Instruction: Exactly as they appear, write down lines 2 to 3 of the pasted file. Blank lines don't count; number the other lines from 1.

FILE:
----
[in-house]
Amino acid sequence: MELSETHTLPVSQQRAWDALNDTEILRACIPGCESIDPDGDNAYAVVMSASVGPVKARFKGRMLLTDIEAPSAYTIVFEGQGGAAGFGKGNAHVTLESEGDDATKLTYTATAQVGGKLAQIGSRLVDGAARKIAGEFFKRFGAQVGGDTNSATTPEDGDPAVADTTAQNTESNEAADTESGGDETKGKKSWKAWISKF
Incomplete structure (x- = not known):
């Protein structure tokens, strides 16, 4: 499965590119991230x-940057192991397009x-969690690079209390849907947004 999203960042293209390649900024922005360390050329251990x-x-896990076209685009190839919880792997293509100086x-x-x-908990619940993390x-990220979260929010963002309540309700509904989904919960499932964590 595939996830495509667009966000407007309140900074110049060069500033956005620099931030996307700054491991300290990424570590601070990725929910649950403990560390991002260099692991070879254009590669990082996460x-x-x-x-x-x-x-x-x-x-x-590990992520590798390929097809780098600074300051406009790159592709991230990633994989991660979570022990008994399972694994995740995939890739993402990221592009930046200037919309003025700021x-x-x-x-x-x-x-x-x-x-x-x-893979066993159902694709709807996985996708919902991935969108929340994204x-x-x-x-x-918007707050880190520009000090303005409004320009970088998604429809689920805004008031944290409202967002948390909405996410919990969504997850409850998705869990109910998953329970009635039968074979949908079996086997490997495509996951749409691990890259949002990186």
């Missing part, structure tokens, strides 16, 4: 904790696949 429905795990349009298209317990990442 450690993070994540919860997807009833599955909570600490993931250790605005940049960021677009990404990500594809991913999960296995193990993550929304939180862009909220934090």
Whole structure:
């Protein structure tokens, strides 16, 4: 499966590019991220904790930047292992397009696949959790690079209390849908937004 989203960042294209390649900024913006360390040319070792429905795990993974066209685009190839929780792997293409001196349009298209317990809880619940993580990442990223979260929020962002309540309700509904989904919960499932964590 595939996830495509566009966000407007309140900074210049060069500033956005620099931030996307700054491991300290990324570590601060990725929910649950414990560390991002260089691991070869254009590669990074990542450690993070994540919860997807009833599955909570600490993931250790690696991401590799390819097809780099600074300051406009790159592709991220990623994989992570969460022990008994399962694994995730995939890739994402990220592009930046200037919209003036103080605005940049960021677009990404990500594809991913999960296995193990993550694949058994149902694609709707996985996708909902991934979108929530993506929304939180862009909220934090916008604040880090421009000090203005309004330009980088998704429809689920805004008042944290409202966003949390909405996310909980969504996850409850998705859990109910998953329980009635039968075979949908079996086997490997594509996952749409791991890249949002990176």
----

Amino acid sequence: MELSETHTLPVSQQRAWDALNDTEILRACIPGCESIDPDGDNAYAVVMSASVGPVKARFKGRMLLTDIEAPSAYTIVFEGQGGAAGFGKGNAHVTLESEGDDATKLTYTATAQVGGKLAQIGSRLVDGAARKIAGEFFKRFGAQVGGDTNSATTPEDGDPAVADTTAQNTESNEAADTESGGDETKGKKSWKAWISKF
Incomplete structure (x- = not known):